Academic journal article Environmental Health Perspectives

Exposure to the Herbicide Acetochlor Alters Thyroid Hormone-Dependent Gene Expression and Metamorphosis in Xenopus Laevis

Academic journal article Environmental Health Perspectives

Exposure to the Herbicide Acetochlor Alters Thyroid Hormone-Dependent Gene Expression and Metamorphosis in Xenopus Laevis

Article excerpt

A growing number of substances released into the environment disrupt normal endocrine mechanisms in a wide range of vertebrates. Little is known about the effects and identities of endocrine-disrupting chemicals (EDCs) that target thyroid hormone (TH) action, particularly at the cellular level. Frog tadpole metamorphosis depends completely on TH, which has led to the suggestion of a metamorphosis-based assay for screening potential EDCs. A major mechanism of TH action is the alteration of gene expression via hormone-bound nuclear receptors. To assess the gene expression profiles in the frog model, we designed a novel multispecies frog cDNA microarray. Recently, the preemergent herbicide acetochlor was shown to accelerate 3,5,3'-triiodothyronine ([T.sub.3])induced forelimb emergence and increase mRNA expression of thyroid hormone [beta] receptors in ranid tadpoles. Here we show that [T.sub.3]-induced metamorphosis of Xenopus laevis a species commonly used in the laboratory, is accelerated upon acute exposure to an environmentally relevant level of acetochlor. The morphologic changes observed are preceded by alterations in gene expression profiles detected in the tadpole tail, and the nature of these profiles suggest a novel mechanism of action for acetochlor. Key words: acetochlor, cDNA array, endocrine disruptor, gene expression, herbicides, metamorphosis, persistent organic pollutants, tadpoles, thyroid hormone, Xenopus laevis. Environ Health Perspect 110:1199-1205 (2002). [Online 7 October 2002]

http://ehpnet1.niehs.nih.gov/docs/2002/110p1199-1205crump/abstract.html

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Anuran metamorphosis is a rapid, complex postembryonic process in which the tadpole transforms into a juvenile frog. The dramatic structural and functional changes of larval tissues during metamorphosis depend completely on an elevation of endogenous thyroid hormones (TH), 3,5,3'-triiodothyronine ([T.sub.3]), and 3,5,3',5'-tetraiodothyronine ([T.sub.4]) (Gilbert et al. 1996; Shi 2000). The major mechanism of TH action involves hormone binding to nuclear TH receptors (TR[alpha] and TR[beta]), resulting in tissue-specific activation/repression of gene transcription (Helbing and Atkinson 1994; Helbing et al. 1992, 1996; Sachs et al. 2000; Shi 2000; Tata et al. 1993). Studies using subtractive hybridization have identified components of these genetic programs initiated during amphibian metamorphosis. In Xenopus laevis, TH differentially affects the expression of 45 genes in the tail, 34 genes in the brain, and more than 120 genes in the limb within the first 48 hr of precocious metamorphosis (Brown et al. 1996; Buckbinder and Brown 1992; Denver et al. 1997; Wang and Brown 1993). With the development of DNA microarray technology, high throughput analysis of the expression profiles of hundreds to thousands of genes altered during metamorphosis is possible. The absolute requirement for TH action has led to the consideration of amphibian metamorphosis as a standardized method for screening potential endocrine-disrupting chemicals (EDCs), many of which are environmental contaminants (Crump 2001; De Vito et al. 1999; Hutchinson et al. 2000). Indeed, DNA microarrays have been used to detect genotoxic effects after exposure to chemical contaminants (Bartosiewicz et al. 2001; Custodia et al. 2001; Lobenhofer et al. 2001; Nuwaysir et al. 1999).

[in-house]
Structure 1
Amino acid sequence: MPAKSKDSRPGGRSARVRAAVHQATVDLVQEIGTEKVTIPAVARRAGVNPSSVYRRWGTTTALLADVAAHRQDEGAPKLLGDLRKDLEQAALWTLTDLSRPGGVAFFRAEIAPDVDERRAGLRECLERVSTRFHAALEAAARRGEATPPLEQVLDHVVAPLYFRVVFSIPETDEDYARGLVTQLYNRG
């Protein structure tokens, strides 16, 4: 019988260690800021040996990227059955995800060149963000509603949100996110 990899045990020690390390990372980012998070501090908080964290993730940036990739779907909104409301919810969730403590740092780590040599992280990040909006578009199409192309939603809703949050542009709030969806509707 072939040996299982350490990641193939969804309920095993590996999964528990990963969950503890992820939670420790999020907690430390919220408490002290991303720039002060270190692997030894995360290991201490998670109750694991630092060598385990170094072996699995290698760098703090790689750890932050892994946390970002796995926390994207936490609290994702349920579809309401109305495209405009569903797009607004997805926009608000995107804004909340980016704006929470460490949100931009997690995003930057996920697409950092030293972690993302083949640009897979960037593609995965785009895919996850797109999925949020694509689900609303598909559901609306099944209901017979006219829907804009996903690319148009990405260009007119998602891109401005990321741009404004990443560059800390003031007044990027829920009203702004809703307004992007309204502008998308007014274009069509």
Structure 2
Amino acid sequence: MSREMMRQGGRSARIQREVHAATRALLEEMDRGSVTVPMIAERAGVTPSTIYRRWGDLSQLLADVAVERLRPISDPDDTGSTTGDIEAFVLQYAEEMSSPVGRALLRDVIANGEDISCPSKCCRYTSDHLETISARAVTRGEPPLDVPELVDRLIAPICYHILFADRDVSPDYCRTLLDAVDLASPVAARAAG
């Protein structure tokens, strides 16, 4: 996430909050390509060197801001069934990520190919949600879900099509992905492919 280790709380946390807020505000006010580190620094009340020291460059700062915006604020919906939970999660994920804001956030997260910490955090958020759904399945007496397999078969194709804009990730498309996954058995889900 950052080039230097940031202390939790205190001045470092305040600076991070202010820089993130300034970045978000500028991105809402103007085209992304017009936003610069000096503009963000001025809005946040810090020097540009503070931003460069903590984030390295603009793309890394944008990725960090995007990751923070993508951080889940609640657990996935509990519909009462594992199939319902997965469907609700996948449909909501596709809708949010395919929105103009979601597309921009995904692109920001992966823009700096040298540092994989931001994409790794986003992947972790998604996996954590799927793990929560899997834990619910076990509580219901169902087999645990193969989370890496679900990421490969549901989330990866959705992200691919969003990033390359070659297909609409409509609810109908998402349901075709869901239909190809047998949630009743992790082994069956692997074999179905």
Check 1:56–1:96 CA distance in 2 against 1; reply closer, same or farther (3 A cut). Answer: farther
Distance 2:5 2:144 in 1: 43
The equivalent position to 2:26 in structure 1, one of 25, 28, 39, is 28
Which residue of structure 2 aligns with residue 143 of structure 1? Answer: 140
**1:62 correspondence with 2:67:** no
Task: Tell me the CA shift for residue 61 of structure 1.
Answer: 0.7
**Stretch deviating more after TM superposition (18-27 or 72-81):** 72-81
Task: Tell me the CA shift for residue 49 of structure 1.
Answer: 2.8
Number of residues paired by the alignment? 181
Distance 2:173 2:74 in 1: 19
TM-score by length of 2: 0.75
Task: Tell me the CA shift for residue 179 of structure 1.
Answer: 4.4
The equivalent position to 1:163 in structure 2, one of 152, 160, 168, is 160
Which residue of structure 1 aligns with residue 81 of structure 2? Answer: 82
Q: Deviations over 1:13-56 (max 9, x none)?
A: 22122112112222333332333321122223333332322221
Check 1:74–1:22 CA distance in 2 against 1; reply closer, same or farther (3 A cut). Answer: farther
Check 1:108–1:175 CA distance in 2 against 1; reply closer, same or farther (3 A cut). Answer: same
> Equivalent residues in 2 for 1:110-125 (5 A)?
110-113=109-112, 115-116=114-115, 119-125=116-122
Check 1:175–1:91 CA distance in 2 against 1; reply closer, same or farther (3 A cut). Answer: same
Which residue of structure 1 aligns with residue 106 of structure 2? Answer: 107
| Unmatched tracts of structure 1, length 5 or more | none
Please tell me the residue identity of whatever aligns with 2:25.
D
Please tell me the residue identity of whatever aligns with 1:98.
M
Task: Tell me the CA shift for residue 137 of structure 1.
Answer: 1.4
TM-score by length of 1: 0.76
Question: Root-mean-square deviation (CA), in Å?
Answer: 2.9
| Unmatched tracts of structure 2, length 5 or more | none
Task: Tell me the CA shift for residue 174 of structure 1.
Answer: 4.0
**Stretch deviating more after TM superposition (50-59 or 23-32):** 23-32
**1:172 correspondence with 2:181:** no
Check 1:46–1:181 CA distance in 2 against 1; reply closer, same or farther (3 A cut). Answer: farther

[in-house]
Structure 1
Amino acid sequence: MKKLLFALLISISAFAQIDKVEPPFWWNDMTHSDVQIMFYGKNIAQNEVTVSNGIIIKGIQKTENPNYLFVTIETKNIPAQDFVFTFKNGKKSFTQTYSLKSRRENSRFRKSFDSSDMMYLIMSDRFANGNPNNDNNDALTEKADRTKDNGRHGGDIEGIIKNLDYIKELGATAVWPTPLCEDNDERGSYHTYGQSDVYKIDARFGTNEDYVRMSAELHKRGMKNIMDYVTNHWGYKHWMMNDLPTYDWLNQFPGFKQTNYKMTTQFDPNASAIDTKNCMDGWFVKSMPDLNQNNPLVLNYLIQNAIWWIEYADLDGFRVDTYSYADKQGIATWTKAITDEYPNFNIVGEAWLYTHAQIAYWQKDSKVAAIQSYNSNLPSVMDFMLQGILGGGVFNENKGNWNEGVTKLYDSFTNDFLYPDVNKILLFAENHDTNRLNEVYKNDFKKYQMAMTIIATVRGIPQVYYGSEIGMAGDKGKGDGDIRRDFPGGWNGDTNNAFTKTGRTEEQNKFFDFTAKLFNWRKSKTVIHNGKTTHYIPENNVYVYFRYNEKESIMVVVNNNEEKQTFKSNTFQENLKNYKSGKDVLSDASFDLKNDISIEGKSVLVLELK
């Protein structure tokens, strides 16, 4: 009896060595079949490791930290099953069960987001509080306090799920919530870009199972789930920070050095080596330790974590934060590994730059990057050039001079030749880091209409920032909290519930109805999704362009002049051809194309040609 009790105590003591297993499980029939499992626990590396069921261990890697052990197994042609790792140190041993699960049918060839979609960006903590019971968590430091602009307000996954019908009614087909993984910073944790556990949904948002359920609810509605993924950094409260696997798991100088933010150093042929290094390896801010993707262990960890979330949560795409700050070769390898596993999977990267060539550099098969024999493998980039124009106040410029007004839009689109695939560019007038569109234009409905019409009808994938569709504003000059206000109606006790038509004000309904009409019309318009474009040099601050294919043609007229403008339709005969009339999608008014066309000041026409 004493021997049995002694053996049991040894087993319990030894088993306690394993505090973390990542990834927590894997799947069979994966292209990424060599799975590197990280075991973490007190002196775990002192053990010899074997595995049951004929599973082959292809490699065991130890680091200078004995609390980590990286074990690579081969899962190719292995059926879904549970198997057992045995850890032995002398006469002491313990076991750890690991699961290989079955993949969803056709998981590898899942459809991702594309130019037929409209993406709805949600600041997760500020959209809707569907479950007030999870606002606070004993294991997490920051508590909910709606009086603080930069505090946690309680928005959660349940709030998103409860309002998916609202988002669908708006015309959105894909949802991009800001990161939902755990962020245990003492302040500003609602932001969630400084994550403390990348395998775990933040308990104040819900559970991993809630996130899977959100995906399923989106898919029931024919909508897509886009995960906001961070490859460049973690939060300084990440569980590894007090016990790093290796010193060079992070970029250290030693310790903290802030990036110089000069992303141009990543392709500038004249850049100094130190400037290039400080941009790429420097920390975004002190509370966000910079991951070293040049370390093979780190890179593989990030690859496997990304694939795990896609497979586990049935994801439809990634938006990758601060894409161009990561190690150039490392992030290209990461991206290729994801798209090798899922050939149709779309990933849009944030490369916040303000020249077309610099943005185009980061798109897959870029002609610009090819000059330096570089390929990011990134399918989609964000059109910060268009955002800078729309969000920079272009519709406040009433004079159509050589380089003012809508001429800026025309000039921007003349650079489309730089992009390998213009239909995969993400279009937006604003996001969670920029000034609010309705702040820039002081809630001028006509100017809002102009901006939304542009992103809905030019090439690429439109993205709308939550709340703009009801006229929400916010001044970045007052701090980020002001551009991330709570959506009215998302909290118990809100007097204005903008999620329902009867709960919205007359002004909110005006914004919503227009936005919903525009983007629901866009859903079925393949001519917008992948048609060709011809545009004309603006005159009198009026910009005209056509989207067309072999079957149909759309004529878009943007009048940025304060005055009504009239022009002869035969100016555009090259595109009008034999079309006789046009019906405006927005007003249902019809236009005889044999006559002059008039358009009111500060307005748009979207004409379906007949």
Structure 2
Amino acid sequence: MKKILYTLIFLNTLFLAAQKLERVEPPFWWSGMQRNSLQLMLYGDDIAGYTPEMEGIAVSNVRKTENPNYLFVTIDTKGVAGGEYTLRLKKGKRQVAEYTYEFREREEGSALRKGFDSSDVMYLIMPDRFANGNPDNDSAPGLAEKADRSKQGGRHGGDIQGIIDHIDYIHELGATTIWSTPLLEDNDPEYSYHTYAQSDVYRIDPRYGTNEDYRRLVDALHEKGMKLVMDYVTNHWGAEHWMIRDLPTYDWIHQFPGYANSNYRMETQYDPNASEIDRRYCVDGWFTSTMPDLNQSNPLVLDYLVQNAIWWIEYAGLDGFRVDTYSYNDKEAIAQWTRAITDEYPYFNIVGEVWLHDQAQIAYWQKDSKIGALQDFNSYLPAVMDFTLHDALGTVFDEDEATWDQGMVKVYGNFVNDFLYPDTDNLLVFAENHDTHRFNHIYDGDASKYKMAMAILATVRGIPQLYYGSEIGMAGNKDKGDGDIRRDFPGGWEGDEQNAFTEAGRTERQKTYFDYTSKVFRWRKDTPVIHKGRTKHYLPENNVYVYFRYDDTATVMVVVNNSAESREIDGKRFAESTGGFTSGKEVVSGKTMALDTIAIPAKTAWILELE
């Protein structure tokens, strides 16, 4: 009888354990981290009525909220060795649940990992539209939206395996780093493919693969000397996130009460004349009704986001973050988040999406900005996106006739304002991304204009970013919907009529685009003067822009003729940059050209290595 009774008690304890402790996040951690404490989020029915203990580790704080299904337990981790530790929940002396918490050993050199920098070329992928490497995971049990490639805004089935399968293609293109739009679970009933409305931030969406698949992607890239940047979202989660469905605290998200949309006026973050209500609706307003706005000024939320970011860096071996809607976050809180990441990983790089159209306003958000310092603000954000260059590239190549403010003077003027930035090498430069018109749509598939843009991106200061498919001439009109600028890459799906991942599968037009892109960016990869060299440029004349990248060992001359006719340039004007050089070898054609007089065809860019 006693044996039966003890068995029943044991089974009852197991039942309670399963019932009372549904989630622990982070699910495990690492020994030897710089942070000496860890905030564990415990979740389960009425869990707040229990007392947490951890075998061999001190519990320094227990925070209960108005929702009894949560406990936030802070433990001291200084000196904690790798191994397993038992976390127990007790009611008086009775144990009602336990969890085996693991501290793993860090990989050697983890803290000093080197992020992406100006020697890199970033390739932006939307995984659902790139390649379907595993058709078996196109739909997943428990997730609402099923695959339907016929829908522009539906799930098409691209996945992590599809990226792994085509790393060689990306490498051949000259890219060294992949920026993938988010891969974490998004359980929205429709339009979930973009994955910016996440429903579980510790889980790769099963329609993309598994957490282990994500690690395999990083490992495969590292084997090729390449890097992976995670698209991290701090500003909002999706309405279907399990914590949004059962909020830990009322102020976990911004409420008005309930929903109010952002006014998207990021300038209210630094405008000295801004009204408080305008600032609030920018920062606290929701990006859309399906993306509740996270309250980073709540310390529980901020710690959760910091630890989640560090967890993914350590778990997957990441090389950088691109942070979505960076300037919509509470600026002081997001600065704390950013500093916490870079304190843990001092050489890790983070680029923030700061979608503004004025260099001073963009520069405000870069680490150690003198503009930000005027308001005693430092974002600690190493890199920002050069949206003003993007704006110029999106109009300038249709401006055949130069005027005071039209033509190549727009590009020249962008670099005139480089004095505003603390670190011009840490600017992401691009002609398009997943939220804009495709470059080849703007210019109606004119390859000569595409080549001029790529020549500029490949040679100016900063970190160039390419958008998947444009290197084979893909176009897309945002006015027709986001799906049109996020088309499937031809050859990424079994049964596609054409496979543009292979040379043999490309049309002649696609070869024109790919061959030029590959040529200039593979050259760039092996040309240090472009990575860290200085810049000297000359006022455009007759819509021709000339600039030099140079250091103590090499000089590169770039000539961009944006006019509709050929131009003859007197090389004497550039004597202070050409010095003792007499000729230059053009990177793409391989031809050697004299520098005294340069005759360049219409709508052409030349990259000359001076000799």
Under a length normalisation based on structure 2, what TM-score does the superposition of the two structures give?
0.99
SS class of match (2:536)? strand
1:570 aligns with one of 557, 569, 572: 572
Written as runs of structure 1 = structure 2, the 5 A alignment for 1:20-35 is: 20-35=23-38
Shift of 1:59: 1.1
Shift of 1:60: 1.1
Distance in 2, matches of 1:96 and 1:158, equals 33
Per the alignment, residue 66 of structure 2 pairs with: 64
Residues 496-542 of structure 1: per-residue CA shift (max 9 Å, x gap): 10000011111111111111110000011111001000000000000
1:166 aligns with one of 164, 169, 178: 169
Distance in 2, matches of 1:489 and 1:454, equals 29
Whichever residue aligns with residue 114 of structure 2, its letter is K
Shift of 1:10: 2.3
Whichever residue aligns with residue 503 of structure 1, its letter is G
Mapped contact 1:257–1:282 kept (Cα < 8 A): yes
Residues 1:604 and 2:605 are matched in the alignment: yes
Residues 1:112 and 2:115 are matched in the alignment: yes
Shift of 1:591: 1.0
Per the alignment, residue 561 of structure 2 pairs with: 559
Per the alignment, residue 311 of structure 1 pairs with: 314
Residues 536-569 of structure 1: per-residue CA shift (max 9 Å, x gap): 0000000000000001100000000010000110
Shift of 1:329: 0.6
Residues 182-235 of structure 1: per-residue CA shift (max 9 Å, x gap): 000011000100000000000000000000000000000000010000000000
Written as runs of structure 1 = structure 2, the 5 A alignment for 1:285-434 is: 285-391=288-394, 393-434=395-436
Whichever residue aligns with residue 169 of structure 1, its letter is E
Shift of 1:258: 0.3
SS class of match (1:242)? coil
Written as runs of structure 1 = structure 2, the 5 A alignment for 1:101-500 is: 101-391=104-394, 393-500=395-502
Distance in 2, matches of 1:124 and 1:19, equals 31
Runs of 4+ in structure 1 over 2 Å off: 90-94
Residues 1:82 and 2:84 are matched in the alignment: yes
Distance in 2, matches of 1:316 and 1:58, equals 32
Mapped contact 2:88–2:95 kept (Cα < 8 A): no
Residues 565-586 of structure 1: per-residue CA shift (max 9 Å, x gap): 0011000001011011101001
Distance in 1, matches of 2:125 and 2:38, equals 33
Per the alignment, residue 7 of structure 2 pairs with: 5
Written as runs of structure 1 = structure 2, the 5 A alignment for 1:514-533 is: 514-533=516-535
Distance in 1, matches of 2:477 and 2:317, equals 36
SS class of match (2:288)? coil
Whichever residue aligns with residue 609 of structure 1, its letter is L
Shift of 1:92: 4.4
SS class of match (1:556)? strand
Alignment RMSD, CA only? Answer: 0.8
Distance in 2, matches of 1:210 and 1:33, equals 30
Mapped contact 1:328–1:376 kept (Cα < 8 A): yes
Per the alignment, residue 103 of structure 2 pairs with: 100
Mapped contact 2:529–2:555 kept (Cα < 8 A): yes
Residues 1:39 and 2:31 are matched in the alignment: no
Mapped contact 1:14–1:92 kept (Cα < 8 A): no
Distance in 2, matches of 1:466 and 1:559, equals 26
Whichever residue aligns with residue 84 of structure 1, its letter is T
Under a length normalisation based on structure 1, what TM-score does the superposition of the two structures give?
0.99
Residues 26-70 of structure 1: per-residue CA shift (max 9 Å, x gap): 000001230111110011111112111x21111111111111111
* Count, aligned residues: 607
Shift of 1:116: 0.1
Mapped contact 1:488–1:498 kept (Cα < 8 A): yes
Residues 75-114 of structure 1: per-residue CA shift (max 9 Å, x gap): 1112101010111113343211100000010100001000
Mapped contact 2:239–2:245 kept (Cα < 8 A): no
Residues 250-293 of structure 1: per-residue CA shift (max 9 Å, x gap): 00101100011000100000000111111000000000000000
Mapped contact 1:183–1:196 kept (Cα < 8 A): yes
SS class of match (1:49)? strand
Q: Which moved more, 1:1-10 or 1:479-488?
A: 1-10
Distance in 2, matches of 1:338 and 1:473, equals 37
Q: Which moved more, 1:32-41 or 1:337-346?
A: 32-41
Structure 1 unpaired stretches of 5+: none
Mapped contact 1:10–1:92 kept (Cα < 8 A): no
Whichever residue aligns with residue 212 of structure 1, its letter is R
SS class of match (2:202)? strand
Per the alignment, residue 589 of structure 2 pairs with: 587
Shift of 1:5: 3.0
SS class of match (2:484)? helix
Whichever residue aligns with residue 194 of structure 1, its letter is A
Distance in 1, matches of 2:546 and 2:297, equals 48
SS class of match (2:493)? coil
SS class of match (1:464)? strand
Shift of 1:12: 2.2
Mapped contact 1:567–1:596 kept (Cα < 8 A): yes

The preemergent herbicide acetochlor [2-chloro-N-(ethoxy-methyl)-N-(2-ethyl-6-methylphenyl) acetamide] is a persistent organic pollutant (POP) that can be detected in shallow ground water 1 year after field application, and there is evidence that it can act as an EDC (Ashby et al. 1996; Barbash et al. 1999; Cheek et al. 1999a; Veldhoen and Helbing 2001; Wilson et al. 1996). Acetochlor was introduced in 1994, and its use in agriculture has increased approximately 32% measured as the number of pounds applied annually (from 1994 to 2000). …

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